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This B.C. sponge could hold a secret to treating COVID-19

Three natural compounds collected off the B.C. and Newfoundland coasts have been found to have COVID-19-blocking powers in a discovery that could protect against future pandemics.
Sabine Jessen of the Canadian Parks and Wilderness Society photographs glass sponge reefs on the ocean floor near Passage Island off West Vancouver. A sample from the marine sponge Phorbas species collected Howe Sound, B.C., a decade ago showed a remarkable ability to block COVID-19 infections, researchers recently found.

A group of B.C. scientists has isolated three naturally occurring compounds — including one from Vancouver Island’s Barkley Sound — that prevent COVID-19 infections in human cells.

The team, headed by François Jean and co-author Jimena Perez-Vargas, investigated more than 350 compounds from natural sources such as plants, fungi and marine sponges to unlock their potential to create new antiviral drugs for use against COVID-19 and other pathogens.

The naturally occurring compounds, known as special metabolites, are used by species to communicate and defend themselves across a variety of ecosystems, from tropical reefs to more northern climes.

“For 40 years, we have been collecting these organisms from all over the world,” said Raymond Andersen, a professor in the University of British Columbia’s departments of chemistry and earth, ocean and atmospheric sciences who was involved in the study. “About half of the drugs in clinical use are produced by these special metabolites.”

First author Jimena Perez-Vargas works in a lab at UBC. Paul Joseph/UBC

Researchers bathed human lung cells in solutions made from the compounds. They then added an engineered strain of the SARS-CoV-2 virus that glows fluorescent green when it infects a cell.

Most human cells in the samples gave off a green glow — the more powerful the glow, the more infected the cell. But in the a handful of cases, the glowing was significantly muted: The compound appeared to be stifling infection.

Of the hundreds of samples from around the world, three of the compounds — all from Canada — killed 50 per cent of a viral infection, the study found.

“That’s sort of the sweet spot for drug development. You want them to be potent,” Andersen said.

The study results were published this month in the journal Antiviral Research.

All three of the compounds came from Canadian seas: alotaketal C from a sponge-dwelling bacteria found in Howe Sound; bafilomycin D from bacteria found in ocean sediments in Barkley Sound, on the west coast of Vancouver Island; and holyrine A from a bacteria found off the coast of Newfoundland.

The sponge-derived compound produced some of the most interesting results. Instead of targeting the virus, the metabolite appeared to reduce the availability of ACE2 receptors on the surface of human cells. Those are the places where the SARS-CoV-2 virus binds to human cells, like a key fitting into a lock.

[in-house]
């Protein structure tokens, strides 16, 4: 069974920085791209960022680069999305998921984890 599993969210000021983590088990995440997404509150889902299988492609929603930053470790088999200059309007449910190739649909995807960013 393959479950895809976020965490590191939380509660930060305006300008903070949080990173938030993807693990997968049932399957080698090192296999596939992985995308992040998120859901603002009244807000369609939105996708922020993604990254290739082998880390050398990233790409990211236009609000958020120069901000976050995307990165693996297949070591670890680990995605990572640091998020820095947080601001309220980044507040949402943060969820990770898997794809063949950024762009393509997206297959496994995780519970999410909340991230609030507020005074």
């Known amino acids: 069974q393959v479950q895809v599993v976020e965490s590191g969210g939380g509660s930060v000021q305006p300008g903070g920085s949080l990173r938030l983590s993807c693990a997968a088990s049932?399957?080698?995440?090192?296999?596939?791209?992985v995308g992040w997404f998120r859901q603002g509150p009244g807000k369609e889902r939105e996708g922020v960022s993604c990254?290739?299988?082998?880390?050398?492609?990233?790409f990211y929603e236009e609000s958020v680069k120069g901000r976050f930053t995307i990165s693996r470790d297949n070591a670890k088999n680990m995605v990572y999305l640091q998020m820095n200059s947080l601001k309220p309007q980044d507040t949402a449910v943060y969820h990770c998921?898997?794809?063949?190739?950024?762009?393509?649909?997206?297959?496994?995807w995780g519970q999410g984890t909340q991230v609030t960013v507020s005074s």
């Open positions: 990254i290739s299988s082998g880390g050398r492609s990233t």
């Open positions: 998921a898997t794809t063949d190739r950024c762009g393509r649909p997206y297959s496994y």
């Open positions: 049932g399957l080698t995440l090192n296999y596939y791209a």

The fewer cellular locks are available, the harder it is for a viral key to infect a human cell, Andersen said.

“It doesn’t kill the virus, it acts on the host cell,” he said. “It’s a mechanism of action nobody has seen before.”

If the lock-closing mechanism — still a working hypothesis — proves accurate, alotaketal C could represent a powerful blueprint for a broad-spectrum anti-viral drug.

The researchers have already tested the sponge compound on several Delta and Omicron variants of SARS-CoV-2. Because it trains human cells to protect themselves, Andersen said he expects it to have a similar effect on the “Kraken” strain of the virus.

And in another test, the Vancouver Island-sourced bafilomycin D was combined with the recently discovered COVID-19 antiviral molecule N-0385, producing “synergistic” results and “an extremely valuable” starting point to develop multi-drug regimens in the treatment of the BA.2 Omicron sub-variant, the study said.

Raymond Andersen, a professor in the University of British Columbia’s Departments of Chemistry and Earth, Ocean and Atmospheric Sciences. UBC

This isn’t the first time marine special metabolites have shown they could help treat some of the world’s most concerning infectious diseases, Andersen said.

“Some of these compounds have already been tested against dengue and zika,” he said. “Some of them have really broad spectrum activity against other viruses.”

In the past, many of the natural compounds that have inspired drugs have come from tropical ecosystems, Andersen said. The latest find, he said, shows that biological diversity on any corner of the planet can lead to scientific breakthroughs.

“I find it very exciting,” Andersen said of the Canadian discoveries. “This shows you don’t have to go far. You can find these things on your doorstep if you know what you’re doing.

“These are resources that need to be protected.”

Andersen said they have already found a way to make a synthetic analogue of alotaketal C, one that’s more potent and can easily be replicated without diving to the ocean floor. The natural compounds from Barkley Sound and Newfoundland, meanwhile, have been replicated through a fermentation process.

“The next step is to make sure it works on animals,” Andersen said.

Factor in human trials and even the best-case scenario would require another six to eight years of development.

Regardless of how long it takes to develop a drug, Andersen said new broad-spectrum anti-viral drugs will always be needed. “We need to have these drugs in our back pocket.”

— With a file from the Vancouver Sun